At Wall Street’s casino, it’s heads you break even, tails you lose.
“I am a recent retiree and my financial advisor recommended that I invest in structured investments that pay 8% but are risky. I am also on the investment committee of my temple and am wondering whether these would be good alternative to the bond funds we have in our endowment account. What do you think?”
Richard, New Jersey
I looked at the prospectus you sent along for Morgan Stanley Contingent Income Auto-Callable Securities. The product falls in the category of structured notes, which are things that look like bonds but have unusual bets built into them. This one is a doozy.
Are you unhappy with the 2% coupon you’d get from a conventional bond? Is that why the 8% mentioned in this offering caught your eye? My heart goes out to you.
This structured note, which matures in 18 months, is really two things. It’s a bond paying a fixed annual interest rate of 8% or possibly a bit more (the exact coupon will be determined at closing Feb. 23). It’s also a trip to a casino.
If things go well for you at the casino, you get your 8% or whatever the coupon is. If things go badly, you lose the coupon and potentially a big chunk of your principal.
I can’t do justice to the formula that determines your result, since it involves three different stock indexes and Morgan Stanley needs 31 pages to describe the note. But this analogy gives you a pretty good idea:
You go to the blackjack table and get three hands dealt to you. If any one of these goes bust, you lose. Another thing is that, after the first round of cards, the dealer can call quits. Which he will do if your face-up cards look good. At that point you get your principal back but miss out on the opportunity to get the 8%-per-year payout.
Should the endowment go into something like this? That’s really two questions, and they can be answered separately.
First question: Should the endowment own some bonds, even though bond yields these days are meager? I would say yes. Bonds, especially shorter-term ones, provide stability when the stock market crashes. The recent behavior of growth stocks is a reminder that markets can crash.
Second question: Should a synagogue be visiting the blackjack table? I’ll let you and the investment committee answer that one.
Now it’s possible that you, as a retiree investing an IRA, can handle risk that would scare away an investment committee burdened with fiduciary duties. Are structured notes a good deal for you?
I don’t like structured notes. I like plain old stocks and bonds and I like exchange-traded funds that own plain old stocks and bonds. You see prices quoted every day. You pay the same prices that billionaires pay. ETFs are liquid, meaning easy to sell. Such is not the case with structured notes.
At this point I should point out that Morgan Stanley is not particularly egregious in selling complicated investment products that the world doesn’t need. All the big brokers do it. It’s how they pay their bills.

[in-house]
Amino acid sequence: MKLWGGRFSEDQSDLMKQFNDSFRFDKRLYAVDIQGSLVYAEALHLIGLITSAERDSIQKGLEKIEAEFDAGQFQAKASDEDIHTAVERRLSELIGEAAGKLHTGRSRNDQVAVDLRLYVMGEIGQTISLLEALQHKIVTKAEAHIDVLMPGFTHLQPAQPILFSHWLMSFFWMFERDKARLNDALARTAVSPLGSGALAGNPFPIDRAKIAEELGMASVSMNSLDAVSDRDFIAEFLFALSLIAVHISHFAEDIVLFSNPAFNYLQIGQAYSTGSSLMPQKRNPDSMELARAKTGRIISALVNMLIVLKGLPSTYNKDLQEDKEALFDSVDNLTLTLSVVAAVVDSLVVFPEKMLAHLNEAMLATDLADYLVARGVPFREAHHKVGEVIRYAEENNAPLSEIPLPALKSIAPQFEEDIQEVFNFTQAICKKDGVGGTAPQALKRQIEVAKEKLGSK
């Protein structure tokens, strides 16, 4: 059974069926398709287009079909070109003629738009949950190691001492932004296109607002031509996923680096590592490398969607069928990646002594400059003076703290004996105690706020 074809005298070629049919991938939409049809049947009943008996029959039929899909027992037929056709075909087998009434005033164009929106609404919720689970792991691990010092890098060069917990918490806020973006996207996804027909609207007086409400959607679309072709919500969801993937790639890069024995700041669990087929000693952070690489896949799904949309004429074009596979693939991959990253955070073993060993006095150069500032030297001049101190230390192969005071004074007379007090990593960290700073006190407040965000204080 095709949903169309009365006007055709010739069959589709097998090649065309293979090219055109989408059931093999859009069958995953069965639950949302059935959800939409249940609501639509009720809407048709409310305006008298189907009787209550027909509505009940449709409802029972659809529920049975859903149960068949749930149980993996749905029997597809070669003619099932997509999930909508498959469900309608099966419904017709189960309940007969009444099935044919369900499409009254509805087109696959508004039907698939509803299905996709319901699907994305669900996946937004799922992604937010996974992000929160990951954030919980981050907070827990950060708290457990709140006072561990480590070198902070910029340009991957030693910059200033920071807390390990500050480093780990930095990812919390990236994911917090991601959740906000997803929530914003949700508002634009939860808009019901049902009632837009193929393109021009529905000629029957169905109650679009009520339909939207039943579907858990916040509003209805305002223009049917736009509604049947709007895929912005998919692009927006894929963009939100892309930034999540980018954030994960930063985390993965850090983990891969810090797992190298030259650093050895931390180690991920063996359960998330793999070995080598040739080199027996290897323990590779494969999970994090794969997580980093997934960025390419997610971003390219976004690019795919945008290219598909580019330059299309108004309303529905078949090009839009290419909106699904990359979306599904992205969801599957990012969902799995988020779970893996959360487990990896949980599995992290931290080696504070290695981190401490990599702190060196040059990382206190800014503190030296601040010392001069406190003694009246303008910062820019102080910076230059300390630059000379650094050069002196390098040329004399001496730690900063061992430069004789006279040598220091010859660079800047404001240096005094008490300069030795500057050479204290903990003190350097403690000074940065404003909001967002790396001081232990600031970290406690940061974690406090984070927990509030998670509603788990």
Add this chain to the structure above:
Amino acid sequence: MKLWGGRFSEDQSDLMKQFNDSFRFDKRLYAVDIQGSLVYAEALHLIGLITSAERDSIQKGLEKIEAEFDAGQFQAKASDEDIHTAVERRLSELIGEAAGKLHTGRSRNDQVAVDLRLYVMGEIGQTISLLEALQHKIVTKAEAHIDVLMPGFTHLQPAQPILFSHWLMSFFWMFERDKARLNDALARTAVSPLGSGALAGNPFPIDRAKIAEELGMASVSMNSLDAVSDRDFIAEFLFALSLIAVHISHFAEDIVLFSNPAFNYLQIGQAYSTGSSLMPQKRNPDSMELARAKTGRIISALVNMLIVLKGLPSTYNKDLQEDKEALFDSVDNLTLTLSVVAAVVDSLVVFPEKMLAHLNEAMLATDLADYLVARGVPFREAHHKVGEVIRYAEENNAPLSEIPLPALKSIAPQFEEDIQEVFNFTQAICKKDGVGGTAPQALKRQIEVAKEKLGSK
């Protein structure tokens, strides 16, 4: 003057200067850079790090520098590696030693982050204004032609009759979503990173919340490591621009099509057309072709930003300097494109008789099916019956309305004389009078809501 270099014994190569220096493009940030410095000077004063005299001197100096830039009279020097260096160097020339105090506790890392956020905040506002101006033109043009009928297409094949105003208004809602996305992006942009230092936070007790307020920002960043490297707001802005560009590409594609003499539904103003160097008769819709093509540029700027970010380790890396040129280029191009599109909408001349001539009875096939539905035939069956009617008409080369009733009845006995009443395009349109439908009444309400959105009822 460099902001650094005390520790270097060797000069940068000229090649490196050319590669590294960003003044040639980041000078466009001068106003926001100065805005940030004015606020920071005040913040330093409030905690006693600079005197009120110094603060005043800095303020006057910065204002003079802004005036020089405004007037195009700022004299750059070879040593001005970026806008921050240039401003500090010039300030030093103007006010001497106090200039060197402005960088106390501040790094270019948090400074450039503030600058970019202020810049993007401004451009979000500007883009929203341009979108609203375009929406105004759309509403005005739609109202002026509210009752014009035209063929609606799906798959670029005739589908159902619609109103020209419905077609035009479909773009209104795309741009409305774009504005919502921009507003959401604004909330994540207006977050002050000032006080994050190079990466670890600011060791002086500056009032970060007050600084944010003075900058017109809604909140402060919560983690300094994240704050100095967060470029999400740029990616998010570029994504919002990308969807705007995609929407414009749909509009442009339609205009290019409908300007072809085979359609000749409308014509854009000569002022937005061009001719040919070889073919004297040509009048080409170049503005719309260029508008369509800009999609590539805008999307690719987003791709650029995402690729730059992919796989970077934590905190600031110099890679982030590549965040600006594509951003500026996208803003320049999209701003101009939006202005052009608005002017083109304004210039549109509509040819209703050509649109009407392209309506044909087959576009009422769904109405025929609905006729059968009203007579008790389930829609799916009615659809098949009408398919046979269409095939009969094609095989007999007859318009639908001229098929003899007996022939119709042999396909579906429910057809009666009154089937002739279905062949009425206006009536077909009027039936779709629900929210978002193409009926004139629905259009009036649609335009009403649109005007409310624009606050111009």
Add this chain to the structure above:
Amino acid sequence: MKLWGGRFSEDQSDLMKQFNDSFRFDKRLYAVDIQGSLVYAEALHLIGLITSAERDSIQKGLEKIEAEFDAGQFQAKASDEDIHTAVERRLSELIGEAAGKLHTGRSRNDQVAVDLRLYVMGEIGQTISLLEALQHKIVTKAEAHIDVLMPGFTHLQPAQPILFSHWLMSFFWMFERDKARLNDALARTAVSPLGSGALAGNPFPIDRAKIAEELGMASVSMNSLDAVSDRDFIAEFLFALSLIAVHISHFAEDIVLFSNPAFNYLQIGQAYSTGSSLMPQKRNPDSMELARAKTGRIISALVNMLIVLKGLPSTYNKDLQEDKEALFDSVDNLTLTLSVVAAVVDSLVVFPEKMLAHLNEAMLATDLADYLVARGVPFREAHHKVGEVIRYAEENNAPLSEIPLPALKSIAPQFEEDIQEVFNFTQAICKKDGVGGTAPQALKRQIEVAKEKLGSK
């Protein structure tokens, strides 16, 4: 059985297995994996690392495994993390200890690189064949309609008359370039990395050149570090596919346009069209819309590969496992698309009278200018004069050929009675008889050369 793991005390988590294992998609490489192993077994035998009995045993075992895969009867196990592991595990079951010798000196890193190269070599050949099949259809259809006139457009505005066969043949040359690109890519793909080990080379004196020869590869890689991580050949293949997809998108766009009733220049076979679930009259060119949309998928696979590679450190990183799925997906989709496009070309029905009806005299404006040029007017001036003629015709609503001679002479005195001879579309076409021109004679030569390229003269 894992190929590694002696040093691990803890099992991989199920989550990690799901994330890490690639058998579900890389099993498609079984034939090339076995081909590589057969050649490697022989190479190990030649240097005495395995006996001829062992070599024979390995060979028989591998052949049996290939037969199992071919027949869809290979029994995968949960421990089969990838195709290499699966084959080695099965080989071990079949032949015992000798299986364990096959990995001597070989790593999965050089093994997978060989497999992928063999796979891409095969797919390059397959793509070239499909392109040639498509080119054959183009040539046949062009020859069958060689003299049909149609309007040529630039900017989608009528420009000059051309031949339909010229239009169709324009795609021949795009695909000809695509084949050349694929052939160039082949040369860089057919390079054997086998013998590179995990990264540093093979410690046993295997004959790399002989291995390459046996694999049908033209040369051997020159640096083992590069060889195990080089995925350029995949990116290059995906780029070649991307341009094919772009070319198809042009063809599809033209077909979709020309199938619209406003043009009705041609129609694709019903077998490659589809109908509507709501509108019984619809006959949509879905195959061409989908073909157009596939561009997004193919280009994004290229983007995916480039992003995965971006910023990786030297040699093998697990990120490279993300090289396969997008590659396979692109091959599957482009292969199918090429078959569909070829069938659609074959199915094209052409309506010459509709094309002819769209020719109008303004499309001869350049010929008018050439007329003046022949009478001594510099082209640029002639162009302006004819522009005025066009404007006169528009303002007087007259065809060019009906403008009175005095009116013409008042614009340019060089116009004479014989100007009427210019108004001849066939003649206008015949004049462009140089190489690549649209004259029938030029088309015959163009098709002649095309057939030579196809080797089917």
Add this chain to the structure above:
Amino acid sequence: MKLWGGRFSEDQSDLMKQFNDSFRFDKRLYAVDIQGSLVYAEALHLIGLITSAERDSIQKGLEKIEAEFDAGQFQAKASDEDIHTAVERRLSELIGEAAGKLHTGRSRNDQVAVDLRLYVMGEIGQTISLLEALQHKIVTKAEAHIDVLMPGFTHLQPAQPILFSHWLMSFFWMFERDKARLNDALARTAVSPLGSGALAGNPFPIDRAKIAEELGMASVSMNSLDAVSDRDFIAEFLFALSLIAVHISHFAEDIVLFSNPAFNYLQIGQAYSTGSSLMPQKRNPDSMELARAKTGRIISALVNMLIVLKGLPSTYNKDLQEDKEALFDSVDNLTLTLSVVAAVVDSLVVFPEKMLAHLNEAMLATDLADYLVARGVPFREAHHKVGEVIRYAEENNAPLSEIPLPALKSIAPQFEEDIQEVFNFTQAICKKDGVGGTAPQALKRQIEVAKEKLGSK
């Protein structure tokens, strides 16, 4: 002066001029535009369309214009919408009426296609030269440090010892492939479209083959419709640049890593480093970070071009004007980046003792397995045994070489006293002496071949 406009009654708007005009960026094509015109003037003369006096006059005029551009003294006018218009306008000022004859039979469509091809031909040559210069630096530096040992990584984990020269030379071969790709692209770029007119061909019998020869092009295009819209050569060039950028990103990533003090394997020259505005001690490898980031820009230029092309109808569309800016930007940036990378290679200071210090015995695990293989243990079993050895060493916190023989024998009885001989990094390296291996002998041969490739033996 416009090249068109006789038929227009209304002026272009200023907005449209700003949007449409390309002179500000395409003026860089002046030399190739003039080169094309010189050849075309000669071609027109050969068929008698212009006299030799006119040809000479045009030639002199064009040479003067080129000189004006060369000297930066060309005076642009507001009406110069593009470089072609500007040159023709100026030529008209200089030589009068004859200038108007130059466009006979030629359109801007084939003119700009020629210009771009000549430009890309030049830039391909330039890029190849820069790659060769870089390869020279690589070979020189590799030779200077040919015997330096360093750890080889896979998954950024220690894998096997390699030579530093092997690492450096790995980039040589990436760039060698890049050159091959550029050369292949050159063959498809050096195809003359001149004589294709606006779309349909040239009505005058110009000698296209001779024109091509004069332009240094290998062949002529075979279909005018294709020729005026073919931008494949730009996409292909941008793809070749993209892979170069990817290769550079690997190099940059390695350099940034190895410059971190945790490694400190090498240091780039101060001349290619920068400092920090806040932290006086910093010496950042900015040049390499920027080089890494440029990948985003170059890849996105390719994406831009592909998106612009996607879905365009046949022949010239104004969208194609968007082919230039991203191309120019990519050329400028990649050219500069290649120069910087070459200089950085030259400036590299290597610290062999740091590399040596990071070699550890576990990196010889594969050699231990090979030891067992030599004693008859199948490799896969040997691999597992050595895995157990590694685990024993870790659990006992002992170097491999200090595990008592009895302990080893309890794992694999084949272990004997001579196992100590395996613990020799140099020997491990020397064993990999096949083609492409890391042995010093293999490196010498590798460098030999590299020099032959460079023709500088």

The Morgan Stanley note starts out with a value, if you want to take the broker’s word for it, of $955 per $1,000 invested. If you are skeptical, do your own assessment. For that, you’ll need to hire a roomful of statisticians and computer programmers.
Let’s say the value is $955. Then you’re effectively paying a 3% annual fee to invest money. That seems stiff to me.
You can buy a nice collection of high-grade bonds from Vanguard via shares of its Total Bond Market ETF. Annual fee: 0.035%. If you can handle risk, put only some of your money there and the rest in the Vanguard Growth ETF (fee, 0.04%). Your investing costs at Vanguard will be 80-fold lower than with that note.
If you really like gambling, throw some money into one of Cathie Wood’s crazy ETFs that buy nothing but speculative stocks (fund names start with Ark). She charges a lot more than Vanguard, but nowhere near 3%.
With a growth-stock fund from Vanguard or Ark you are taking a lot of risk, but you at least have the potential for a lot of reward. You do not have an 8% cap on your return. You do not have the blackjack dealer sweeping away all the cards if you get dealt a good hand.
Do you have a personal finance puzzle that might be worth a look? It could involve, for example, pension lump sums, estate planning, employee options or annuities. Send a description to williambaldwinfinance—at—gmail—dot—com. Put “Query” in the subject field. Include a first name and a state of residence. Include enough detail to generate a useful analysis.
Letters will be edited for clarity and brevity; only some will be selected; the answers are intended to be educational and not a substitute for professional advice.
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